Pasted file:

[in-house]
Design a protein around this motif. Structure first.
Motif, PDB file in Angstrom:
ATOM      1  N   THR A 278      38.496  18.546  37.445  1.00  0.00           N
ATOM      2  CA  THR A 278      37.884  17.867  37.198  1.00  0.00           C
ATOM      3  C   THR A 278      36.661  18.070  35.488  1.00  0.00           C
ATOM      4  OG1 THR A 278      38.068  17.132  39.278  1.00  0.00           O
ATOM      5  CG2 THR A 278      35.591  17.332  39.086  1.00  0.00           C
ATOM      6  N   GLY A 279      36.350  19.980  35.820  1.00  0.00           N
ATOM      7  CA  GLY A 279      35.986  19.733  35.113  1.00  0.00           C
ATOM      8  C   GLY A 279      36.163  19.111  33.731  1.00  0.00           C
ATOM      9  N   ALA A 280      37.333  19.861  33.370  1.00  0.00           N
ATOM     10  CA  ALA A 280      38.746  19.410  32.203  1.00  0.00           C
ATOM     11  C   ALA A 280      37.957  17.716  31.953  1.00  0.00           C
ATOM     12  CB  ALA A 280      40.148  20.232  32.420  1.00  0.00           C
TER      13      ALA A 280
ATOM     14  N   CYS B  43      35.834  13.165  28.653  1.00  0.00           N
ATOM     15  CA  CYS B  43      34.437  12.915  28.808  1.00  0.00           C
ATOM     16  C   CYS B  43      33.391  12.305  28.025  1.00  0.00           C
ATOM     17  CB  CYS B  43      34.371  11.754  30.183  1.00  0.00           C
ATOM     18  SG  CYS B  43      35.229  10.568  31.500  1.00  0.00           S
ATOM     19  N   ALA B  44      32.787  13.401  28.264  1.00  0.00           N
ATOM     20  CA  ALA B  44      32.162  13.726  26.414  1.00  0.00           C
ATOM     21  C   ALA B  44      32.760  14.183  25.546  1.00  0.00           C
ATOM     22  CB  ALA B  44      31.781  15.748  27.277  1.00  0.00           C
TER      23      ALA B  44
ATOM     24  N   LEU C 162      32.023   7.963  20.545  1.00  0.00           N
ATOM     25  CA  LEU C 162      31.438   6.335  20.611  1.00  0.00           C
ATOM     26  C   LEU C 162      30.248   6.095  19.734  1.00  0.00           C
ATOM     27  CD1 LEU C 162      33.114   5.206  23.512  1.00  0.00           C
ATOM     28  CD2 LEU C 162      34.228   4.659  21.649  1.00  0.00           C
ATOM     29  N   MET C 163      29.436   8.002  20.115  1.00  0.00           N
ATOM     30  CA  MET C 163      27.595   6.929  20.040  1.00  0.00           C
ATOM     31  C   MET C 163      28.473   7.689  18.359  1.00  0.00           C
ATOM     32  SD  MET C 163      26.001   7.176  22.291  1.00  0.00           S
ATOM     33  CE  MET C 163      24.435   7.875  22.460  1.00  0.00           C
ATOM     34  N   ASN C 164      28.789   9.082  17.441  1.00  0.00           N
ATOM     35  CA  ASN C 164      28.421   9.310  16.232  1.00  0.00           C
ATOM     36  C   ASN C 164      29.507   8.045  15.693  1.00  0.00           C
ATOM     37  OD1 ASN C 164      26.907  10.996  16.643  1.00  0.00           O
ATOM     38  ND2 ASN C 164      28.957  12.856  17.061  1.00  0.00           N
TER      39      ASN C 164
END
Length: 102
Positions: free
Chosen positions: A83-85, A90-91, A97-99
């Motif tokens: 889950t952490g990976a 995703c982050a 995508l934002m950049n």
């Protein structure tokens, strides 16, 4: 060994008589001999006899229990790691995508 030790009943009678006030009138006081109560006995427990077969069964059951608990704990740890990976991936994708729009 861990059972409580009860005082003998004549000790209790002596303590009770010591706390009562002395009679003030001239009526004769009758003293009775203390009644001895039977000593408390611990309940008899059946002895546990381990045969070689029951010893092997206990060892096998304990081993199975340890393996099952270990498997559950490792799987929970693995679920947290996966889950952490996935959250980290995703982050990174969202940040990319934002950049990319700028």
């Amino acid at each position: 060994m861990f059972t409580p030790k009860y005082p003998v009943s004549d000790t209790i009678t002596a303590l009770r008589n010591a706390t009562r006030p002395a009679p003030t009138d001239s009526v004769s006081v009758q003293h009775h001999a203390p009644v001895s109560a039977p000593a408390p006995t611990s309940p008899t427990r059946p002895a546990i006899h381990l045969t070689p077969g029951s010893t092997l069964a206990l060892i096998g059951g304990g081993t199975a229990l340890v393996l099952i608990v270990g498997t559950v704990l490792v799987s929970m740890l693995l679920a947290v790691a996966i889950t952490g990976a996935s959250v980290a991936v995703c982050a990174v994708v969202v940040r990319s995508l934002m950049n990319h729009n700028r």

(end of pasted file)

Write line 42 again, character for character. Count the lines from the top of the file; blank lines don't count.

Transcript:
TER      39      ASN C 164